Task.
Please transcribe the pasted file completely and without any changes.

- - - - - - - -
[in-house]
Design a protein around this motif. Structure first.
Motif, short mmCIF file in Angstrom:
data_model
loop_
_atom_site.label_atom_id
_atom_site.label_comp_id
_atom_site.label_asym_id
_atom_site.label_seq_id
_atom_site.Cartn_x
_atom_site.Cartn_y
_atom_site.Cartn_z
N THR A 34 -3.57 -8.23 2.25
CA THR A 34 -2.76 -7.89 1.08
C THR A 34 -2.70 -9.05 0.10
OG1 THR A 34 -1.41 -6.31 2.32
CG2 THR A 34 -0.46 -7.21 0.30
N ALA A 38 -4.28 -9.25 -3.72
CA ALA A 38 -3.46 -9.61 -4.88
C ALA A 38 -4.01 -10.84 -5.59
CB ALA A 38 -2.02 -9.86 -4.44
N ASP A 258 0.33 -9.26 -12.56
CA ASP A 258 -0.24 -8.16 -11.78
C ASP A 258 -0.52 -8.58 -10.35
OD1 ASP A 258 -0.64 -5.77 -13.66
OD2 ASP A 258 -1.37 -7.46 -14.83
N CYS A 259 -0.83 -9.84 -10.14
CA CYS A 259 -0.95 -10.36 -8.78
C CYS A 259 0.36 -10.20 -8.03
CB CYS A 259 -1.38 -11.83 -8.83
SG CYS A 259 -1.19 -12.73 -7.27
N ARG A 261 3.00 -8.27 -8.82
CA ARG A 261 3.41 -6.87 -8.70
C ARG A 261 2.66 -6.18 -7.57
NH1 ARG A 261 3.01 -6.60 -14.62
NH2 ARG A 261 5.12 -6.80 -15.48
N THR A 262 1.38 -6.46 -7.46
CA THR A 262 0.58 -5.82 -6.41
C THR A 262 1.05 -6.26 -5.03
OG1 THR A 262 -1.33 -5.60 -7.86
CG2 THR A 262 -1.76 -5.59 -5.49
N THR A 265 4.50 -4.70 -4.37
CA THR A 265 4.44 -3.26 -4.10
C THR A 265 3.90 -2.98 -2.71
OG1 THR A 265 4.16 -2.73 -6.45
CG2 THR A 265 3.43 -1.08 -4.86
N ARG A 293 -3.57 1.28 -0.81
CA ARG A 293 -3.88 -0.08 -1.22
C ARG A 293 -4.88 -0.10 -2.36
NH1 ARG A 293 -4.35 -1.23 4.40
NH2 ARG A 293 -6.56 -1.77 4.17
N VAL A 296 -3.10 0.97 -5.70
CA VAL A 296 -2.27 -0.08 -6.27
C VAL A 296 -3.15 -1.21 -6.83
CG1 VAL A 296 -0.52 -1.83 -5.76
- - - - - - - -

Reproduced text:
[in-house]
Design a protein around this motif. Structure first.
Motif, short mmCIF file in Angstrom:
data_model
loop_
_atom_site.label_atom_id
_atom_site.label_comp_id
_atom_site.label_asym_id
_atom_site.label_seq_id
_atom_site.Cartn_x
_atom_site.Cartn_y
_atom_site.Cartn_z
N THR A 34 -3.57 -8.23 2.25
CA THR A 34 -2.76 -7.89 1.08
C THR A 34 -2.70 -9.05 0.10
OG1 THR A 34 -1.41 -6.31 2.32
CG2 THR A 34 -0.46 -7.21 0.30
N ALA A 38 -4.28 -9.25 -3.72
CA ALA A 38 -3.46 -9.61 -4.88
C ALA A 38 -4.01 -10.84 -5.59
CB ALA A 38 -2.02 -9.86 -4.44
N ASP A 258 0.33 -9.26 -12.56
CA ASP A 258 -0.24 -8.16 -11.78
C ASP A 258 -0.52 -8.58 -10.35
OD1 ASP A 258 -0.64 -5.77 -13.66
OD2 ASP A 258 -1.37 -7.46 -14.83
N CYS A 259 -0.83 -9.84 -10.14
CA CYS A 259 -0.95 -10.36 -8.78
C CYS A 259 0.36 -10.20 -8.03
CB CYS A 259 -1.38 -11.83 -8.83
SG CYS A 259 -1.19 -12.73 -7.27
N ARG A 261 3.00 -8.27 -8.82
CA ARG A 261 3.41 -6.87 -8.70
C ARG A 261 2.66 -6.18 -7.57
NH1 ARG A 261 3.01 -6.60 -14.62
NH2 ARG A 261 5.12 -6.80 -15.48
N THR A 262 1.38 -6.46 -7.46
CA THR A 262 0.58 -5.82 -6.41
C THR A 262 1.05 -6.26 -5.03
OG1 THR A 262 -1.33 -5.60 -7.86
CG2 THR A 262 -1.76 -5.59 -5.49
N THR A 265 4.50 -4.70 -4.37
CA THR A 265 4.44 -3.26 -4.10
C THR A 265 3.90 -2.98 -2.71
OG1 THR A 265 4.16 -2.73 -6.45
CG2 THR A 265 3.43 -1.08 -4.86
N ARG A 293 -3.57 1.28 -0.81
CA ARG A 293 -3.88 -0.08 -1.22
C ARG A 293 -4.88 -0.10 -2.36
NH1 ARG A 293 -4.35 -1.23 4.40
NH2 ARG A 293 -6.56 -1.77 4.17
N VAL A 296 -3.10 0.97 -5.70
CA VAL A 296 -2.27 -0.08 -6.27
C VAL A 296 -3.15 -1.21 -6.83
CG1 VAL A 296 -0.52 -1.83 -5.76